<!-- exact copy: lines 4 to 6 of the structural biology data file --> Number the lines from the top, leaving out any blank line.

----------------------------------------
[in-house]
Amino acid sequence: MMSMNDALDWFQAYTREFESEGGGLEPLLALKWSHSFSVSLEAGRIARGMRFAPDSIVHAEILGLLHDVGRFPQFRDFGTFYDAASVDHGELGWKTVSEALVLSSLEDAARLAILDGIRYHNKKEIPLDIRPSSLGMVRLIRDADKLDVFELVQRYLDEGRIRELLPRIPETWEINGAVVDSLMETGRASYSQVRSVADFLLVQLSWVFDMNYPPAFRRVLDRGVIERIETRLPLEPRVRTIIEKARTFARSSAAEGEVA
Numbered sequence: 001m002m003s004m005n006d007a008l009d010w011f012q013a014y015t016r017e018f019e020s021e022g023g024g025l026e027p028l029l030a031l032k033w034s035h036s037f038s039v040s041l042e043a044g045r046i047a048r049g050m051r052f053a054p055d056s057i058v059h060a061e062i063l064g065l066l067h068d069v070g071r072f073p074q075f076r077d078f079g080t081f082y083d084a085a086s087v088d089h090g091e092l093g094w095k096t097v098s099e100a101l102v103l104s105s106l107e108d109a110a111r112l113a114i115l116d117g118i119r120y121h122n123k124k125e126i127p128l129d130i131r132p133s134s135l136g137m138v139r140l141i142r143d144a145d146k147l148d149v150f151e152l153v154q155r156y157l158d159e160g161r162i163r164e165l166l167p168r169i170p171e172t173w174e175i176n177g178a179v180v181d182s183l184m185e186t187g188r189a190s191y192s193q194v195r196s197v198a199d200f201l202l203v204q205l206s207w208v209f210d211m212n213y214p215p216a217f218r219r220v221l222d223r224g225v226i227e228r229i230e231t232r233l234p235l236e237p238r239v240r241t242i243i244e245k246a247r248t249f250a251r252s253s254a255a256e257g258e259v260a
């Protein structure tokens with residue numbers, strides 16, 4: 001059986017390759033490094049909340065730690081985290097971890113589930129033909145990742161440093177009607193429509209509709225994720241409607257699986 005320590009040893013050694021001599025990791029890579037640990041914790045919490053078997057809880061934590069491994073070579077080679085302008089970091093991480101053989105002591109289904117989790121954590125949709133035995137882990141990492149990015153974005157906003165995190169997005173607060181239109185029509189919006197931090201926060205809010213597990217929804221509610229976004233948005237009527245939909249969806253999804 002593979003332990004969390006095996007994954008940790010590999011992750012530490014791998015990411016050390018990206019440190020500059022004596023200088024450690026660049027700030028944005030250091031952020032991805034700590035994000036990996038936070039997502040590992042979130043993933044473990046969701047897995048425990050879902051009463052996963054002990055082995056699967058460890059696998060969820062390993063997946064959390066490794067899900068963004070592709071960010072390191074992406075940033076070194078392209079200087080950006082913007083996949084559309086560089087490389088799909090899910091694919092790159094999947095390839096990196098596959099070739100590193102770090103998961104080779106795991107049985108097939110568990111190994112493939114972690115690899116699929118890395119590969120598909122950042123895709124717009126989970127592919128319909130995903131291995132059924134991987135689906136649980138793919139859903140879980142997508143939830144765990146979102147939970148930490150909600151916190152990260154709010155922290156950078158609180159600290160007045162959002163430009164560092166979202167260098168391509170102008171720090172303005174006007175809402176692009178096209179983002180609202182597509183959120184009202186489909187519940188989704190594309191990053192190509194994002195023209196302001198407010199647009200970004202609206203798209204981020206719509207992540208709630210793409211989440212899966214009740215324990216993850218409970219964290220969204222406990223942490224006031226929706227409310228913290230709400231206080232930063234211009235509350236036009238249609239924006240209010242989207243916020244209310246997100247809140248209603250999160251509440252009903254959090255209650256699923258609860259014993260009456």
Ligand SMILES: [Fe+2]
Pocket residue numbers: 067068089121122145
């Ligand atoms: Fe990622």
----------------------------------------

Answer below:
């Protein structure tokens with residue numbers, strides 16, 4: 001059986017390759033490094049909340065730690081985290097971890113589930129033909145990742161440093177009607193429509209509709225994720241409607257699986 005320590009040893013050694021001599025990791029890579037640990041914790045919490053078997057809880061934590069491994073070579077080679085302008089970091093991480101053989105002591109289904117989790121954590125949709133035995137882990141990492149990015153974005157906003165995190169997005173607060181239109185029509189919006197931090201926060205809010213597990217929804221509610229976004233948005237009527245939909249969806253999804 002593979003332990004969390006095996007994954008940790010590999011992750012530490014791998015990411016050390018990206019440190020500059022004596023200088024450690026660049027700030028944005030250091031952020032991805034700590035994000036990996038936070039997502040590992042979130043993933044473990046969701047897995048425990050879902051009463052996963054002990055082995056699967058460890059696998060969820062390993063997946064959390066490794067899900068963004070592709071960010072390191074992406075940033076070194078392209079200087080950006082913007083996949084559309086560089087490389088799909090899910091694919092790159094999947095390839096990196098596959099070739100590193102770090103998961104080779106795991107049985108097939110568990111190994112493939114972690115690899116699929118890395119590969120598909122950042123895709124717009126989970127592919128319909130995903131291995132059924134991987135689906136649980138793919139859903140879980142997508143939830144765990146979102147939970148930490150909600151916190152990260154709010155922290156950078158609180159600290160007045162959002163430009164560092166979202167260098168391509170102008171720090172303005174006007175809402176692009178096209179983002180609202182597509183959120184009202186489909187519940188989704190594309191990053192190509194994002195023209196302001198407010199647009200970004202609206203798209204981020206719509207992540208709630210793409211989440212899966214009740215324990216993850218409970219964290220969204222406990223942490224006031226929706227409310228913290230709400231206080232930063234211009235509350236036009238249609239924006240209010242989207243916020244209310246997100247809140248209603250999160251509440252009903254959090255209650256699923258609860259014993260009456």
Ligand SMILES: [Fe+2]
Pocket residue numbers: 067068089121122145